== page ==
"(…) Working too hard is actually the easy way out. For entrepreneurs, it’s often easier to keep working than to take a break, even when you know you should."
"Yet the spacing effect is really tough to put into practice because taking pauses and stretching timelines out feels like idleness, like you’re not being productive. Why relax when you could be doing something, anything, to improve the business? It feels more logical to keep pushing yourself even though you don’t feel like you’re moving forward anymore."
"This is the psychological trap that’s absolutely essential for you to avoid, where the patience and perseverance to rest comes in. Without rest, you not only risk decreased productivity, you’re increasing your vulnerability to long-term burnout." 
"Lately, I’ve been hearing something that disturbs me. A lot of entrepreneurs onstage have been bragging about not sleeping, telling their audiences about their 16-hour days, and making it sound like hustle-at-all-costs is the way ahead. Rest be damned, they say — there’s an endless amount of work to do."
"I think this message is one of the most harmful in all of business. Sustained exhaustion is not a rite of passage. It’s a mark of stupidity. Literally. Scientists have suggested that scores on IQ tests decline on each successive day you sleep less than you naturally would. It doesn’t take long before the difference is telling."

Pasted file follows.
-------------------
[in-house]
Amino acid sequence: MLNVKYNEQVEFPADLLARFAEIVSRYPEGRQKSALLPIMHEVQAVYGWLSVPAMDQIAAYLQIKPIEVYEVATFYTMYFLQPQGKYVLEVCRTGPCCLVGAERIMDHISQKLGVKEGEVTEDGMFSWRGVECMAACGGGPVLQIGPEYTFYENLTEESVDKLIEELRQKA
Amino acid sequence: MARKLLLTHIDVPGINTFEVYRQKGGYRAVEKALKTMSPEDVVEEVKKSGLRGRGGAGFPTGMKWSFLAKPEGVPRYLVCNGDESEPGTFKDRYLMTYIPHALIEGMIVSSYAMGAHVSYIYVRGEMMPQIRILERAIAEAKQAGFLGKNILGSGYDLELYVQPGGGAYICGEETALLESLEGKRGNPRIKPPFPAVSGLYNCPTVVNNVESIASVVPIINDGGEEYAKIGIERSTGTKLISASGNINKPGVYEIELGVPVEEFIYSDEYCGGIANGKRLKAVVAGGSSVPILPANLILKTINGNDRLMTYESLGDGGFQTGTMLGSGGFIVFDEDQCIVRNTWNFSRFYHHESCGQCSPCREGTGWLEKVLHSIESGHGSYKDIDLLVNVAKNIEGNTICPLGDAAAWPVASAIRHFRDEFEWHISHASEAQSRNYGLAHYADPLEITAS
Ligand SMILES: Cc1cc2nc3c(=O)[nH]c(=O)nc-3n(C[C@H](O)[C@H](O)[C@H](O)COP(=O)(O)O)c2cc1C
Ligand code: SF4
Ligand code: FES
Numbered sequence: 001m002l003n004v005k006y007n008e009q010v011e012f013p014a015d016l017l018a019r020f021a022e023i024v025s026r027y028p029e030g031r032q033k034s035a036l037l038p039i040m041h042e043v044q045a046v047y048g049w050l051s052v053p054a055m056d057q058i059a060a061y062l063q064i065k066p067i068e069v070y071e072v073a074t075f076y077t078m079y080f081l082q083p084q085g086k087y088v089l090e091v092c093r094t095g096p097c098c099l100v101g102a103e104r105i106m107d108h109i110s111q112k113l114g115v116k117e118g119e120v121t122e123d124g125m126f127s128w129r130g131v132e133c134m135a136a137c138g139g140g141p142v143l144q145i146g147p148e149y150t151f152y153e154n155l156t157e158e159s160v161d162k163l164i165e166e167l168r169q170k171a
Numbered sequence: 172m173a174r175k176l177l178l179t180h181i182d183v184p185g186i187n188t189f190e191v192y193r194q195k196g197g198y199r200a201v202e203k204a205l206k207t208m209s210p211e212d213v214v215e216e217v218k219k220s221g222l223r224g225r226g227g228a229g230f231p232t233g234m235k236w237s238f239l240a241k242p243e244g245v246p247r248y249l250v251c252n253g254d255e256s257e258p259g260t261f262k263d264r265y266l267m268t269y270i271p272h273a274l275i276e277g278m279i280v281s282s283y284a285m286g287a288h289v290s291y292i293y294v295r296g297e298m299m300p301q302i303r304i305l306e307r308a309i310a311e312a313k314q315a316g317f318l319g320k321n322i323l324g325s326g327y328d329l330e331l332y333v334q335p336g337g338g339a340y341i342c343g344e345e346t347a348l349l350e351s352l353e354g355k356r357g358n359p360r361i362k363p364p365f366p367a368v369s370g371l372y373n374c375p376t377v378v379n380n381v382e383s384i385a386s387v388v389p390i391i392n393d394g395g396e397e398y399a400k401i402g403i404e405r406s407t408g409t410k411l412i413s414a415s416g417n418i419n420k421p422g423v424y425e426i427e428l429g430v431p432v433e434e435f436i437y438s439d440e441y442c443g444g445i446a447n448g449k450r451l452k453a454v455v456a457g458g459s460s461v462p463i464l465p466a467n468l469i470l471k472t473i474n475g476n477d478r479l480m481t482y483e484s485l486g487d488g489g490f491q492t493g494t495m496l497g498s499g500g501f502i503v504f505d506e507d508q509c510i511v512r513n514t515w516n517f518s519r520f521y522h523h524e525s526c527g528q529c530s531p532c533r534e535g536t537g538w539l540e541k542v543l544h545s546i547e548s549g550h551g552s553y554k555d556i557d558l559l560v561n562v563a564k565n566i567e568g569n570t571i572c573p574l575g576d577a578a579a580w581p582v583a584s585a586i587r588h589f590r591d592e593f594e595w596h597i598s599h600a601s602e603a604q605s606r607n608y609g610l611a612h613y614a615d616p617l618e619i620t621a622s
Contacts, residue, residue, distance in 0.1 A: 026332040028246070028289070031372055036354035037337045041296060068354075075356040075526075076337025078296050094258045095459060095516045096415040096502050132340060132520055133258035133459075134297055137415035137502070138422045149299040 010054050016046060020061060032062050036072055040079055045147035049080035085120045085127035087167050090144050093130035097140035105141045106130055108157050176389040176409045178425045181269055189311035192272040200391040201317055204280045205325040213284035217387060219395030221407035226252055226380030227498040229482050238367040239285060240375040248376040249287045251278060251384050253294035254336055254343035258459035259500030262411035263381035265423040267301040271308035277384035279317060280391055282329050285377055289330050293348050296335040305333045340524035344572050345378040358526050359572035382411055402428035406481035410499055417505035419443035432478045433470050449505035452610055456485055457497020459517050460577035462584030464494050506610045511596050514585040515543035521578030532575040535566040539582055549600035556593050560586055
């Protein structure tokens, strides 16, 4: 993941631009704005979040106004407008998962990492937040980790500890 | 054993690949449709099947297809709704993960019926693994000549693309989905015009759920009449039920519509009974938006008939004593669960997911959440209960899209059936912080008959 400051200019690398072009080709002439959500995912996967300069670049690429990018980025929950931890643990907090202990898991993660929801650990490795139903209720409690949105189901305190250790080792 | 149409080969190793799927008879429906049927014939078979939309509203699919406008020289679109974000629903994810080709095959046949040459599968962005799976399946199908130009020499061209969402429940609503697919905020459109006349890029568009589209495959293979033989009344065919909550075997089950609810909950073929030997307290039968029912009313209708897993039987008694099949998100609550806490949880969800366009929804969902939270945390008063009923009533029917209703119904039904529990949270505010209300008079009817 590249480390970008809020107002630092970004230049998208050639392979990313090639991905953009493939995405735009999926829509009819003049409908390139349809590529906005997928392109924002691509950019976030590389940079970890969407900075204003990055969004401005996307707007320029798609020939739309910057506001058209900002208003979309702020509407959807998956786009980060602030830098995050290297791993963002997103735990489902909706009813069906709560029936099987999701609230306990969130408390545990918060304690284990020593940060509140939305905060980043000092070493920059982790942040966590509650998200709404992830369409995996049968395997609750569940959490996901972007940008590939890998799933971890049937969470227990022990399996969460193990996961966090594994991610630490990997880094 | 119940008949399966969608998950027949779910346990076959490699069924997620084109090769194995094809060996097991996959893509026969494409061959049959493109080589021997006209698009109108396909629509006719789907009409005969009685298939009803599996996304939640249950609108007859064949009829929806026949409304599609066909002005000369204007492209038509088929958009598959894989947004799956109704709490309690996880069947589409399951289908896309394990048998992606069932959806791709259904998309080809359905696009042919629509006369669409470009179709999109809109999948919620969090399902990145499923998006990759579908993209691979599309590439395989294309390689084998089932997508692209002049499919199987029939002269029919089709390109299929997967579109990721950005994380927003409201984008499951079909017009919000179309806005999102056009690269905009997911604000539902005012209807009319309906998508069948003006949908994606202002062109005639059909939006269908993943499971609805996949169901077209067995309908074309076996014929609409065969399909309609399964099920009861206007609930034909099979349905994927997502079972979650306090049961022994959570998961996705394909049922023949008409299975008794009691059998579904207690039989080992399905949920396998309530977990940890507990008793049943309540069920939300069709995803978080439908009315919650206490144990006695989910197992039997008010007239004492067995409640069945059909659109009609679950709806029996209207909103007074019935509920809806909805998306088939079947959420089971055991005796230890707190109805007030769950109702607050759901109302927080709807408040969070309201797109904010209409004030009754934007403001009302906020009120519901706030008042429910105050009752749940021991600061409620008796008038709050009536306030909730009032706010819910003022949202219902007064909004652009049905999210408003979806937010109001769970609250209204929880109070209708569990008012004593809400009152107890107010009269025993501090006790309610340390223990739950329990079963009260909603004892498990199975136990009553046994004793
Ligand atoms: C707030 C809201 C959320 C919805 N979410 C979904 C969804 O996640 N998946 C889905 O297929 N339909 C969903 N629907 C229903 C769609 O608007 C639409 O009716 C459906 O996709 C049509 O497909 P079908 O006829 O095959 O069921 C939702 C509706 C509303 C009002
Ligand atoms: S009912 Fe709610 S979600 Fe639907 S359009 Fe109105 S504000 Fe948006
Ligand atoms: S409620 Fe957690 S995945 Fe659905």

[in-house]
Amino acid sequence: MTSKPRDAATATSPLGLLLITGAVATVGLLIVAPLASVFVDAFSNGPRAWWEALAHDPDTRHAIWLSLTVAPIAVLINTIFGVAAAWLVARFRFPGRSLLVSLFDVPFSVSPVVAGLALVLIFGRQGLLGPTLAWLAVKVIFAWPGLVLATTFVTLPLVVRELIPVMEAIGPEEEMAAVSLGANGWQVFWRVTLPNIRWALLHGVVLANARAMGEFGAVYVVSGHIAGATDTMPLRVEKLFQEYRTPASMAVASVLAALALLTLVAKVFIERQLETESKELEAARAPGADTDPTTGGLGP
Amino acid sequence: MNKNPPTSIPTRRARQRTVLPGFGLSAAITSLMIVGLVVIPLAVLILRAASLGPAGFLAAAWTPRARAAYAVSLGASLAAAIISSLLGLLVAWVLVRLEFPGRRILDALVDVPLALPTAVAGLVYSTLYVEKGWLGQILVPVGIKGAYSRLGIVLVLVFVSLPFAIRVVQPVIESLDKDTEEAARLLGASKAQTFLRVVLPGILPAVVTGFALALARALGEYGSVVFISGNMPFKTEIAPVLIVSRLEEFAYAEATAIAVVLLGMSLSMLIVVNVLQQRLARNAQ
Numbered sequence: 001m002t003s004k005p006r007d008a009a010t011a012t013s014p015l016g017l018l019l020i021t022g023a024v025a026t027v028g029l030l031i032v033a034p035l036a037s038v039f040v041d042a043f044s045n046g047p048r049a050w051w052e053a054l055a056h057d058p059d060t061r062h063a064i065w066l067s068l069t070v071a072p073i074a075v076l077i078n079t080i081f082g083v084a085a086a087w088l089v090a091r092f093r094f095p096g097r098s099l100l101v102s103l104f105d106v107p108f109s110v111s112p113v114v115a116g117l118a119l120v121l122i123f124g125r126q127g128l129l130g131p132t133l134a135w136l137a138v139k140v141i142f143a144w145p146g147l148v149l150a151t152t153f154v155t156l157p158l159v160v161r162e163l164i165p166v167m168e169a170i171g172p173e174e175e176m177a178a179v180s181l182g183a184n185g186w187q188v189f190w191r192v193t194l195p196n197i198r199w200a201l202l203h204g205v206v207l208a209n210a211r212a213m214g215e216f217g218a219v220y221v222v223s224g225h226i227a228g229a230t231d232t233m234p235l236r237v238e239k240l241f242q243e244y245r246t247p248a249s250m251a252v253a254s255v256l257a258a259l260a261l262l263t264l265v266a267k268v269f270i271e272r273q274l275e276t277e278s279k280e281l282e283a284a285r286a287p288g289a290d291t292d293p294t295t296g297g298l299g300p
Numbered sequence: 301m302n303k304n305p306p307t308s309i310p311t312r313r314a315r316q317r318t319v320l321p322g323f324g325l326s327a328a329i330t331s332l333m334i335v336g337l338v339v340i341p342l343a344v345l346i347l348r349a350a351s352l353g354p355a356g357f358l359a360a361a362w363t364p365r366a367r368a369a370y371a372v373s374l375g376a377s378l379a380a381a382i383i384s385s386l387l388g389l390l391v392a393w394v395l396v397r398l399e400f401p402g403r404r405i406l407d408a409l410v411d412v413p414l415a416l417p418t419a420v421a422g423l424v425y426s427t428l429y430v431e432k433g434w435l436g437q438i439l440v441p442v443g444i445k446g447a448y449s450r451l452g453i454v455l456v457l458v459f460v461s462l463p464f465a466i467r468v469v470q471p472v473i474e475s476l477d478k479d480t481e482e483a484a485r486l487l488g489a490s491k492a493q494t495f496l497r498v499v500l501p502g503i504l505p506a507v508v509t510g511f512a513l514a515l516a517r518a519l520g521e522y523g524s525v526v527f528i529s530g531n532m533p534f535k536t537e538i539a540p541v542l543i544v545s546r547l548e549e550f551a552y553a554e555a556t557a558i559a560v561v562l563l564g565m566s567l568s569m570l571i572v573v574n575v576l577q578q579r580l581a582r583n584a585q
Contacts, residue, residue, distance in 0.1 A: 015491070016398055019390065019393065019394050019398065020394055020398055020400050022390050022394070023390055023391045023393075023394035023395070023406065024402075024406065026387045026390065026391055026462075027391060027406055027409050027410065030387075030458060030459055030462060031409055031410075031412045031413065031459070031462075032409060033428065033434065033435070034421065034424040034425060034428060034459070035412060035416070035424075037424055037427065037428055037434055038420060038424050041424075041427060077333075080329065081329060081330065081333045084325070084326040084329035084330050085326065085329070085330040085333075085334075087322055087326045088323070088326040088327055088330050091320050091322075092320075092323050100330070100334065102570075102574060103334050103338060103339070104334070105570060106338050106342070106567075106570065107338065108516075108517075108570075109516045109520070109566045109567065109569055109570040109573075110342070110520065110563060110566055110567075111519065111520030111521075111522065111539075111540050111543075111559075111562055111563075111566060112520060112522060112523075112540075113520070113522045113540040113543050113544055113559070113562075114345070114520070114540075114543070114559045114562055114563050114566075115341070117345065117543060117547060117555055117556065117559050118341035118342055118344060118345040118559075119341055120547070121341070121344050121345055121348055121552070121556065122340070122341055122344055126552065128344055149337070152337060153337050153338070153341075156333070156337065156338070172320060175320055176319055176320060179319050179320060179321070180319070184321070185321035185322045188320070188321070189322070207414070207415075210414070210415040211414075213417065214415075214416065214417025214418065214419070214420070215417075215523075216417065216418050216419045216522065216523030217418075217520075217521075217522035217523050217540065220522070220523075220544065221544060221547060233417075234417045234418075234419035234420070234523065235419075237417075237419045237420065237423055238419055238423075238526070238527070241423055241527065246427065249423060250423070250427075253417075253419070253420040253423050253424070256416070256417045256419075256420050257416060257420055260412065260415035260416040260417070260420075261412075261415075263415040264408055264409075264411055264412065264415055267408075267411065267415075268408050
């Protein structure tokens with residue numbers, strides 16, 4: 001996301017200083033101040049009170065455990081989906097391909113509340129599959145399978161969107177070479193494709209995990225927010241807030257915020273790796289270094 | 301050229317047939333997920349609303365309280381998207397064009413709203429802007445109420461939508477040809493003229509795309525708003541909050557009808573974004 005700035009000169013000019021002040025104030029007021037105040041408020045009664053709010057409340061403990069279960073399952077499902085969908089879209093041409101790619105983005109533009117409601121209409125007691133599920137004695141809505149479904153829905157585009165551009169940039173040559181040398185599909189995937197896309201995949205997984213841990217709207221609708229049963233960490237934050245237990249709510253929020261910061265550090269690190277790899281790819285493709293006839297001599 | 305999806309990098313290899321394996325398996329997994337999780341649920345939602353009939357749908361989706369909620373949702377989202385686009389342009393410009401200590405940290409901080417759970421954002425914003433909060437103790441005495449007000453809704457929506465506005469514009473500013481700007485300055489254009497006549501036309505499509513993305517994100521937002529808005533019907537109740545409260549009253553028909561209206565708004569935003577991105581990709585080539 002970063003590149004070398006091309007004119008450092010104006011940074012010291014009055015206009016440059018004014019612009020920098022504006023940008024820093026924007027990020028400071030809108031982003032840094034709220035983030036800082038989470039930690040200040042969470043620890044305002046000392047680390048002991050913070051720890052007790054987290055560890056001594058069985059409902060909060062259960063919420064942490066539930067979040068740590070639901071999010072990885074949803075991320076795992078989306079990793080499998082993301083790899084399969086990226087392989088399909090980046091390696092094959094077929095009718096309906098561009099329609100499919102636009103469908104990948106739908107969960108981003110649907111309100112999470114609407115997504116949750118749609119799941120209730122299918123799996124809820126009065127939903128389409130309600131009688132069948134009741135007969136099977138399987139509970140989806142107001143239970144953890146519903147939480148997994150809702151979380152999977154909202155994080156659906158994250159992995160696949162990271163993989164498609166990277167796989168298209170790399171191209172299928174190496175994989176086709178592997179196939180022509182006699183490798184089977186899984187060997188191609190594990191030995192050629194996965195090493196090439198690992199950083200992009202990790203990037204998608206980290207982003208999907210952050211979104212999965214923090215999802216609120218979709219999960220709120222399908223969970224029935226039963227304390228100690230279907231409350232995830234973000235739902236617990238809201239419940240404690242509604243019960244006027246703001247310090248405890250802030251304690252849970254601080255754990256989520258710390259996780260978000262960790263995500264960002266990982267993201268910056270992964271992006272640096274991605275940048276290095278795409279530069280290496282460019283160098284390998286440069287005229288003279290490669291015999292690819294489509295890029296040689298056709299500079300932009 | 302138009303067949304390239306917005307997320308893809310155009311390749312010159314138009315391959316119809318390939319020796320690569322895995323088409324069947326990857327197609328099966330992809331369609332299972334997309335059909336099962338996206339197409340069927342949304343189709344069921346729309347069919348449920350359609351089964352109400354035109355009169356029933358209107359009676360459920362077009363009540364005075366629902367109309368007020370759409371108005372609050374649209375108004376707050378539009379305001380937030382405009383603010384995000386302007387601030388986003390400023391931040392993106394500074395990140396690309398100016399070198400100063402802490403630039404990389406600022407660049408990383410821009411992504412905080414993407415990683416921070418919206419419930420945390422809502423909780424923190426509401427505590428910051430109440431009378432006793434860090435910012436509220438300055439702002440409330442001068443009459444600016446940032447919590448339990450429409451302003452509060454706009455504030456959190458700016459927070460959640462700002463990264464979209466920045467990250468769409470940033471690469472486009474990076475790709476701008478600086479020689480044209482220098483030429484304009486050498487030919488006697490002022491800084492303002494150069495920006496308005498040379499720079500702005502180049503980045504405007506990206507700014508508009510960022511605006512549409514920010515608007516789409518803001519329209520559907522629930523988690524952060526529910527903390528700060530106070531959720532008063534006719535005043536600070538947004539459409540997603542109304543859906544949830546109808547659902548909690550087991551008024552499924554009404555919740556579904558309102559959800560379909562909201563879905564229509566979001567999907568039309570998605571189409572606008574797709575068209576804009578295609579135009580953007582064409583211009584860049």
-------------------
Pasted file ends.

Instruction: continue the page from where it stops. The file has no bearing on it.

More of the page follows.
"People pulling 16-hour days on a regular basis are exhausted. They’re just too tired to notice that their work has suffered because of it." 
Sometimes you do have to work super hard. Sometimes you do have to pull all-nighters. Sometimes there are periods of 14-hour days, 6 days a week. We’ve been there. We’ve also burned out. We have also hit a wall with products and companies that were not going anywhere and resorted to keep pushing endless hours. And when the crash and burn came, it was all the worse.
Working hard ≠ working too hard.
You can crank it up to 11 for a period, sometimes that’s the way it goes. But living cranked up to 11 won’t compensate for any problems. It will make things worse. You won’t go faster, it will slow you down. Worse code, more bugs, more QA, worse decisions, less traction, worse team morale. And one day - could take weeks, months, years -, your fuel tank is empty. Empty fuel tank + troubled product|company = burnout.
Is it worth it?
Take a step back, let it breathe. Think. Sleep, eat, work, play, repeat.
If we’re in this for the long run, then we have to take care of the engine so that it lasts the entire race.